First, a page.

Elvis (2022)

At this point in my life, musical biopics have become a staple that I look forward to, whether or not I knew anything about the person they were making a film about. Why? Because I love musicals already, and there are very few films that I have ever found myself not enjoying. And so, even though I had only ever seen one of Elvis Pressley’s films and occasionally heard his music over the course of my life, his life story was new to me. I heard the discourse about Tom Hanks taking the plunge and playing a villainous character, I heard that Elvis’ wife and daughter were heavily involved, and I knew that Baz Luhrmann was directing (Moulin Rouge is life, after all).

Beyond that, what really captivated my attention about this film was Austin Butler – you see, I had watched him in The Shannara Chronicles, Life Unexpected, The Carrie Diaries, and Switched at Birth. At this time, I’m still getting around to seeing his other major film roles, but he was a known entity for me – and his acting was always enjoyable. Seeing a side-by-side comparison of Austin Butler and Elvis Pressley was perfection at its best. There was no question in my mind that he looked the part, had the voice to match, and the skill to bring a lively, frenetic persona to life on the big screen. I’m glad that I was not mistaken in that initial observation.

Tom Hanks, as previously mentioned, takes on the role of the villainous Col. Tom Parker, Elvis Pressley’s manager who lies, cheats, and manipulates his way into the Pressleys’ lives and is in control of their burgeoning empire. Olivia DeJonge plays Priscilla Pressley, and she manages to captivate the screen with each of her scenes – I only wish that she had a larger part in the film, but she certainly makes herself known here. Helen Thompson and Richard Roxburgh take on the prominent roles of Elvis’ parents, setting up a nice divide between the two halves of the story – Gladys Pressley holds the first half, and Vernon Pressley coasts through the second half, exploring the dynamic between Elvis and his parents. The Blue Moon Boys, Elvis’ backup band, are also featured with Scotty Moore (Xavier Samuel), Bill Black (Adam Dunn), and D.J. Fontana (Terepai Richmond), giving Elvis other relationships to play off of, showing clearly how Tom Parker’s efforts to isolate and control Elvis worked over the course of the musician’s lifetime.

Dacre Montgomery showed up a little over halfway through the film, and it was a pleasant surprise to have him here. Since Power Rangers and Stranger Things, his career has slowly picked up steam, and it’s always fun to see somebody you know. David Wenham plays Hank Snow, the main act to Elvis’ opening in the first part of the movie, and also one of the red flags on Tom Parker that was a crook and a cheat. Kodi Smit-McPhee plays his son, Jimmie Rodgers Snow, who introduces Elvis’ to them via the radio, explaining that he’s a white guy playing music traditionally associated with black artists.

That last line is a critical point for the film that it, thankfully, does not gloss over. Cultural appropriation has been in discussion more and more in recent years, and Elvis has been a lightning rod for a long time. Throughout his career, he covered the songs crafted by black artists, and in his life, you could see that he was woven into their world because of how his life unfolded. His white neighbors frowned on his association with black people, and his performance of “their” moves and “their” music was a hot-button issue in politics of the day. Elvis, though, was also conscious of what this all meant, and he did help to expose white audiences to black art. His contributions can’t be ignored, and it is a topic that can be viewed through many lenses. After all, music and art are nothing if not political in nature, no matter how thick or thin the veil is.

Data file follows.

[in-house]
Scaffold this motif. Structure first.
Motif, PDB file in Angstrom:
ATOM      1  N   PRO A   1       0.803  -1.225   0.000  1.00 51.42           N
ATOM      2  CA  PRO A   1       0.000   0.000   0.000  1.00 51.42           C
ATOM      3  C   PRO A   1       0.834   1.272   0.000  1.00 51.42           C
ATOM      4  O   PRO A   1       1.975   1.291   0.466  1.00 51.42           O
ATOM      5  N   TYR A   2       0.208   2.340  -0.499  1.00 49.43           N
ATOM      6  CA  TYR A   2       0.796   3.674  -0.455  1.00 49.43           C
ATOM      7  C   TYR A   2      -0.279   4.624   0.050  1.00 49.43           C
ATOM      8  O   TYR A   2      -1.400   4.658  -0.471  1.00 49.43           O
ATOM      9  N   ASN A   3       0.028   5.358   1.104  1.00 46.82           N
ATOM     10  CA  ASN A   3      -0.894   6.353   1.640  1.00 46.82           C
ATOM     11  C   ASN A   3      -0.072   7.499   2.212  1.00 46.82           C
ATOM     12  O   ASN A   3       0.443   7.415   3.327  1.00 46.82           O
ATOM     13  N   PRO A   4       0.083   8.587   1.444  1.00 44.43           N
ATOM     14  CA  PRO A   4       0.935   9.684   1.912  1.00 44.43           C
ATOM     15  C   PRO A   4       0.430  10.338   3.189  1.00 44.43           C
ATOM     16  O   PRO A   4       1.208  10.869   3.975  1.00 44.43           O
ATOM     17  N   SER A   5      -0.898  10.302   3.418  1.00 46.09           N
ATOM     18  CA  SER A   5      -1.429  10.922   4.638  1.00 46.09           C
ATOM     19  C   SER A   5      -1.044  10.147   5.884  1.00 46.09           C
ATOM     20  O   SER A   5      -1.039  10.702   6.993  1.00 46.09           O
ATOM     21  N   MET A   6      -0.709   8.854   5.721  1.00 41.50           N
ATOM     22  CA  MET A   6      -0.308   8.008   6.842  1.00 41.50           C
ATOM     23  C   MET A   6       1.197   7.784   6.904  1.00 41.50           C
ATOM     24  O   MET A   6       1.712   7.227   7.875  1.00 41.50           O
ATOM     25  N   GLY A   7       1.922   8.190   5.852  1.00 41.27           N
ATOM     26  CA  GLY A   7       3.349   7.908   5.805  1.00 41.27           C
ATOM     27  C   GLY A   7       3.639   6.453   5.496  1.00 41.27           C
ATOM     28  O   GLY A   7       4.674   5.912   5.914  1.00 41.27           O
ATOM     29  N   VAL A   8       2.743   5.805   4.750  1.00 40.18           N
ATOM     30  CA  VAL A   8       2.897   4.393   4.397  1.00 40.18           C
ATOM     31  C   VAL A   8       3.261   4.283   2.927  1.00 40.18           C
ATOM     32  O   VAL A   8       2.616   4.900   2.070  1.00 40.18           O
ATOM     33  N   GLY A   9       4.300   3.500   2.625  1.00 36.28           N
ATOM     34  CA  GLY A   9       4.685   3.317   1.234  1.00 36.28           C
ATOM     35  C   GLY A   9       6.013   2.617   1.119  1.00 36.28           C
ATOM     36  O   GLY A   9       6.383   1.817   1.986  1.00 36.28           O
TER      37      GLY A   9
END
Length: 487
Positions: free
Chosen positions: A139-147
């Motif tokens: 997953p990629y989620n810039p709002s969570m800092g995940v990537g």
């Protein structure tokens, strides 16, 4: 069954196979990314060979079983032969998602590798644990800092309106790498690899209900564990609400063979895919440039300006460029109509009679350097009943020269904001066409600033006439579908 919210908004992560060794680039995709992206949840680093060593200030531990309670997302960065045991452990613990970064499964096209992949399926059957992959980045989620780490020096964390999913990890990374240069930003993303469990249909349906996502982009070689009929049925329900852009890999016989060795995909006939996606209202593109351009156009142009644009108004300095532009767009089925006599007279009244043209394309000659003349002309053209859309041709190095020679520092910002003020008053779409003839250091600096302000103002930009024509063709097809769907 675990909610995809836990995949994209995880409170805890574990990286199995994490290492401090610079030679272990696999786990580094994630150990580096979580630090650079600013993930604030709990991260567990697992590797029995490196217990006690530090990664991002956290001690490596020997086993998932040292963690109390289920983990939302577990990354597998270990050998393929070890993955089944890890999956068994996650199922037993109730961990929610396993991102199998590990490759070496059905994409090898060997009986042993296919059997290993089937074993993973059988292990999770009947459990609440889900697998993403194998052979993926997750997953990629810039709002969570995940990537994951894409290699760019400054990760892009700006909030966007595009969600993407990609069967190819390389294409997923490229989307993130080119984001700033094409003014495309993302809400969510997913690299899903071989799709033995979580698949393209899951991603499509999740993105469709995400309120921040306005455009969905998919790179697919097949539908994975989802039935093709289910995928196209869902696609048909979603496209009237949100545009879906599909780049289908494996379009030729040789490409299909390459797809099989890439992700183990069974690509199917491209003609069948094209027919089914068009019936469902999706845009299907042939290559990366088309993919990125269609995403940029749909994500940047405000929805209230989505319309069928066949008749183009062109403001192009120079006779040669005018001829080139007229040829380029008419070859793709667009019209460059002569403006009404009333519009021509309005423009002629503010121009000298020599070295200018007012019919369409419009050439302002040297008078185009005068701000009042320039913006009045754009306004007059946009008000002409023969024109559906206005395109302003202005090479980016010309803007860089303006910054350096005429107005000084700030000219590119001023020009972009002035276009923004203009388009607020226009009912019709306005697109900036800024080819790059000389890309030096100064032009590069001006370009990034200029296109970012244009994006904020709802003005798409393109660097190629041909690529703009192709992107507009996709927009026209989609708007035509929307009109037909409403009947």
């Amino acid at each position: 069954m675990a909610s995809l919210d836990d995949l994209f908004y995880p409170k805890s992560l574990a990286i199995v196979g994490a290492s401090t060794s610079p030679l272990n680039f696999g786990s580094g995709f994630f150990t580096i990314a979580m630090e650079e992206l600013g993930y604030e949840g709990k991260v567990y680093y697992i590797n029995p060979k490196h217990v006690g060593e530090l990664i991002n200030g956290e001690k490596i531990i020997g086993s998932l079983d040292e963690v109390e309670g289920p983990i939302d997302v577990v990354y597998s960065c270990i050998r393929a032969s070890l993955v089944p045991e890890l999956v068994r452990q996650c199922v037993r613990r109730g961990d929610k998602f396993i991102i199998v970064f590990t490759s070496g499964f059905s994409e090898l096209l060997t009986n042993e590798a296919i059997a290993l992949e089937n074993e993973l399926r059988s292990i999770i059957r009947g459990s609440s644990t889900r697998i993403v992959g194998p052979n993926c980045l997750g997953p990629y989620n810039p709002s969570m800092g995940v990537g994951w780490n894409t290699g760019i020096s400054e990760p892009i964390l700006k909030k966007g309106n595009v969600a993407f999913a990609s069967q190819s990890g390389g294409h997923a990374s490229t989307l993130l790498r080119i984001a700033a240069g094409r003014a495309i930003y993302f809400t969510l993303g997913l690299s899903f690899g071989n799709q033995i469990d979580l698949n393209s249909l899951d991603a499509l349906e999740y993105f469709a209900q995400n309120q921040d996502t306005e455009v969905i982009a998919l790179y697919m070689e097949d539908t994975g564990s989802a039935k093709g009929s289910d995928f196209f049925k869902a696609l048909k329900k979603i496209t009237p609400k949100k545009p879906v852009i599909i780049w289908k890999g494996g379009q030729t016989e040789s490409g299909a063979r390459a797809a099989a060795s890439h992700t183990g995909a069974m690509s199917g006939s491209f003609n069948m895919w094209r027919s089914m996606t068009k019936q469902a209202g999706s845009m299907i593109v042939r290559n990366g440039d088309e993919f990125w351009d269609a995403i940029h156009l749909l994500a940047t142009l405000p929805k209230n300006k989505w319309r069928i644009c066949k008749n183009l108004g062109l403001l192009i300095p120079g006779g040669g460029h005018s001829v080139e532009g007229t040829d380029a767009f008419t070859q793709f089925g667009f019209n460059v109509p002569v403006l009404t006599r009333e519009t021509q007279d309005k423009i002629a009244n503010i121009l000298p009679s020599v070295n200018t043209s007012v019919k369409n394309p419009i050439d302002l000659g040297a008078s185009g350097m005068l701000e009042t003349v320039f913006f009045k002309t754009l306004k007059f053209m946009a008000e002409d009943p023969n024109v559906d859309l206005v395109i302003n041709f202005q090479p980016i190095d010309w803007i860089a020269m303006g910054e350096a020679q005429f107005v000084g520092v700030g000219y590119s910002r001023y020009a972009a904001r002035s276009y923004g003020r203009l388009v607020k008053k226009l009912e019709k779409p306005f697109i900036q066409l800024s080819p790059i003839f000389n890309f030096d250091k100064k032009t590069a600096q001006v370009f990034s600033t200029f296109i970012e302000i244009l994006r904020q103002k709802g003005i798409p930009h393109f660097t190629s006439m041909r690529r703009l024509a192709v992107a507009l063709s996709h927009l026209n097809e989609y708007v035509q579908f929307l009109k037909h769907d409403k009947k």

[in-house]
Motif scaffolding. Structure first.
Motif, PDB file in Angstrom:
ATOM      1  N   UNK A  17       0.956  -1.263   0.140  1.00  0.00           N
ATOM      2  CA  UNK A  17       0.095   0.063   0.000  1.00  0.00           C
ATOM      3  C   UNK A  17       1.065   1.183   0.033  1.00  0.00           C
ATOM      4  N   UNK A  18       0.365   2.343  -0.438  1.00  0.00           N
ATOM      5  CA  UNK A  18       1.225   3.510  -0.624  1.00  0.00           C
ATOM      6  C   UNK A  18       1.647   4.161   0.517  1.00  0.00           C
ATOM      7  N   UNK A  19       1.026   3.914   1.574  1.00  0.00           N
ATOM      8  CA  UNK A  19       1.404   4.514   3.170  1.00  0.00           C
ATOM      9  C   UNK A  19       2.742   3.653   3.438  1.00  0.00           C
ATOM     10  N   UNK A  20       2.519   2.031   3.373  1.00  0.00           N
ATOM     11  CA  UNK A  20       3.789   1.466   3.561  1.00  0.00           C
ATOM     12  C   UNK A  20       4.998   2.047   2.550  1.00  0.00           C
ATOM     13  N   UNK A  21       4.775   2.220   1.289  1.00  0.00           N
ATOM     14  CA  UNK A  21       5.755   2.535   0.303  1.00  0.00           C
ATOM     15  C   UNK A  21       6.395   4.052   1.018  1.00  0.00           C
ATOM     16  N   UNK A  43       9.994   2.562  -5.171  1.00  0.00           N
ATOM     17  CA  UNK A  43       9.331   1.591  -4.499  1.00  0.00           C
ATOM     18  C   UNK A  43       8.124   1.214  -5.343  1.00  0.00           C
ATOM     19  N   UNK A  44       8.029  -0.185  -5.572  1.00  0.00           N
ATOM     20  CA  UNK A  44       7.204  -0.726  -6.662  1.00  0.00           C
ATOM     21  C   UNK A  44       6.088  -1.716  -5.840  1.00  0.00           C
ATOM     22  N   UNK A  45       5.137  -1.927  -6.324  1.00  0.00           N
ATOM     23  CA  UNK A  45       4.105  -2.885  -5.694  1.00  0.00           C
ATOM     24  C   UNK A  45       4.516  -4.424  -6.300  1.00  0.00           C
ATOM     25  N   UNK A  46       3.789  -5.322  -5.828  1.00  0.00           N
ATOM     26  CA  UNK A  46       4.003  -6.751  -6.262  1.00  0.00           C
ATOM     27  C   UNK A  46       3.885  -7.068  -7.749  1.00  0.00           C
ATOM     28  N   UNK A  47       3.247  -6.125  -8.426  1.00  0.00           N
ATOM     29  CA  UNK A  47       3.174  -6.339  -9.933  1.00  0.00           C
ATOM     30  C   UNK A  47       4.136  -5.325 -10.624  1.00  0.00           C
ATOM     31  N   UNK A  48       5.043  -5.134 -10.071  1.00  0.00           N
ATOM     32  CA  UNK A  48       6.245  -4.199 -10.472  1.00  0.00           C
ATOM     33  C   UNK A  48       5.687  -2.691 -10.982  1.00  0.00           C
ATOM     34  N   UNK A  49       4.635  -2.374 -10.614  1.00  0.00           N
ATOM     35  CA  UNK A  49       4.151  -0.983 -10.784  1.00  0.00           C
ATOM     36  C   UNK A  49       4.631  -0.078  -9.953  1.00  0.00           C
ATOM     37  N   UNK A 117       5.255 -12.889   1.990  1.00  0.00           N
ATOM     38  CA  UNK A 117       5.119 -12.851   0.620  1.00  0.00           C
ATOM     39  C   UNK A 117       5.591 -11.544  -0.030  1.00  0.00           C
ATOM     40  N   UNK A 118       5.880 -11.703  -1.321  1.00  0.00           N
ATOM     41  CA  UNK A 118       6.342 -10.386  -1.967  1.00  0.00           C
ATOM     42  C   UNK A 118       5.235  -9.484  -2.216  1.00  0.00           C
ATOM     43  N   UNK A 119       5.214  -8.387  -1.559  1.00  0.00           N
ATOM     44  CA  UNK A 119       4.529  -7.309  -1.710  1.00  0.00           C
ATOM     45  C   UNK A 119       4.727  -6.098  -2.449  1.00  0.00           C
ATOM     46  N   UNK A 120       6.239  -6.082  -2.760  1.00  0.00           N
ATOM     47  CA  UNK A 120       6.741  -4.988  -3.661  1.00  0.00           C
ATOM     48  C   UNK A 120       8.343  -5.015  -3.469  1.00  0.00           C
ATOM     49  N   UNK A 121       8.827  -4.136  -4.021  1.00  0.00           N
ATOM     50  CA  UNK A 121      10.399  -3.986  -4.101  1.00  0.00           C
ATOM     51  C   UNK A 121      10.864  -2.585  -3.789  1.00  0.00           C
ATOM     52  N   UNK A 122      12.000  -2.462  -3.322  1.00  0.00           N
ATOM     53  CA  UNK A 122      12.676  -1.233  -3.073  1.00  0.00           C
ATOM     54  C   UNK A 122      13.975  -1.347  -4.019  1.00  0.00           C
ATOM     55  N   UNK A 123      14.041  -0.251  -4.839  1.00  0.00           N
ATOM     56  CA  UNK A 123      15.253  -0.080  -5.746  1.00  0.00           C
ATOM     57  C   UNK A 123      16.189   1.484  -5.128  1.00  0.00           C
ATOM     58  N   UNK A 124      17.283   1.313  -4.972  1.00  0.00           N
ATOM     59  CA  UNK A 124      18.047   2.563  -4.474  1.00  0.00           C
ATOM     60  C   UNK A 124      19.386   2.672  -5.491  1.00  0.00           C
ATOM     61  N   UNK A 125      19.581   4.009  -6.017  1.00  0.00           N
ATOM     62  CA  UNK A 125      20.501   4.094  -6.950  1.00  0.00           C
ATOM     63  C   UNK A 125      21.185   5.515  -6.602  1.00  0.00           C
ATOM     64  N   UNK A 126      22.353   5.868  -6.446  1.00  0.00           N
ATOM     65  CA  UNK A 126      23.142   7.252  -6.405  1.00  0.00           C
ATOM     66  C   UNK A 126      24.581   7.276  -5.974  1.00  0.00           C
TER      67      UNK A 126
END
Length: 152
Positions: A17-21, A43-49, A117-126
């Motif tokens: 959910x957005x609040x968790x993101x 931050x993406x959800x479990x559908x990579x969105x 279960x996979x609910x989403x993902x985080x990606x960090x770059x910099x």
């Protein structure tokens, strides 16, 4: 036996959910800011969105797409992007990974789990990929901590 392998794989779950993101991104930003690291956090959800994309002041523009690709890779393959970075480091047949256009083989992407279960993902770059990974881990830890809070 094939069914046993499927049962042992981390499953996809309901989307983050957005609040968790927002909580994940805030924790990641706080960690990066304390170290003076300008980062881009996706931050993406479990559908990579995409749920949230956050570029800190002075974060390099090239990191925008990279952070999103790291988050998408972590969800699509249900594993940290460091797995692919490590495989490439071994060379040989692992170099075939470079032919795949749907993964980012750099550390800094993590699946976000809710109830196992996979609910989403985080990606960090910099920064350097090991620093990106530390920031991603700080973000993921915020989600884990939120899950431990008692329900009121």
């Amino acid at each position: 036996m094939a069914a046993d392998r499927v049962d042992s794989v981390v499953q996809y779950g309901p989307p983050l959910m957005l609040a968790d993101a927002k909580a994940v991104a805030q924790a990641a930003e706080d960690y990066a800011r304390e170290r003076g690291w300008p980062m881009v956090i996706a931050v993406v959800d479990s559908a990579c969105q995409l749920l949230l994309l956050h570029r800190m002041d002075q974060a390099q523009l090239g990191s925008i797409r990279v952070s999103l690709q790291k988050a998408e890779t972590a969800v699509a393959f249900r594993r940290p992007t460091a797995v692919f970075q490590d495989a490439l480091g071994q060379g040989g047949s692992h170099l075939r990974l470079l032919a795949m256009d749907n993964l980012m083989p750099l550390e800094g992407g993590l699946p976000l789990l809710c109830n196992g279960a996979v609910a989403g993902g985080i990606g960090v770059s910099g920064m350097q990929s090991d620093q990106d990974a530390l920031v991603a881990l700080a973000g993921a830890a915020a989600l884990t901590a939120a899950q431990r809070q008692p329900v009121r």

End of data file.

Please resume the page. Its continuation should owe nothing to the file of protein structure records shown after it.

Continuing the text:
Elvis had a tragically short life, and how big a part the machinations of Col. Tom Parker were, is something we cannot quantify – but to say that it was low would be a mistake. People certainly make their own choices but based on how Elvis was portrayed in this biopic, those decisions seemed to stem from external stressors. Almost all of these were caused by Col. Tom Parker. The number of shows he had to perform, blocking his international touring ambitions, curtailing his career because of personal problems, interfering in relationships, and outright manipulation are all front and center.

Baz Luhrmann crafts a powerful story, and the simple fact that Elvis’ Pressley’s family was involved, increases the power woven within it. The intimate knowledge that comes from family is priceless. At the end of the day, Elvis takes its time to carefully craft a vision of who the man was, beyond the myth or the legend, and open us up to his insecurities, his anxieties. His humanity, really. It reminds us that celebrities are just like us in that they are people with feelings, dreams, ambitions, and foibles. To hold them to account for any one of these attributes without accounting for the whole person is criminal, but that is the curse that comes from being a celebrity. By having those who knew him best involved in the process, we aren’t being saddled with a caricature but as close to a realization of who Elvis actually was as we will probably ever get. Seeing the dark and the light helps remind us of that all-important point – they are just like us. Us, with a massive spotlight centered on them that we put there and then criticize them for.

I look forward to adding this to my home collection and taking more time to sit with the pieces that are laid out for us. Perhaps there is more nuance to certain scenes that will become apparent on a second, or even third, viewing.

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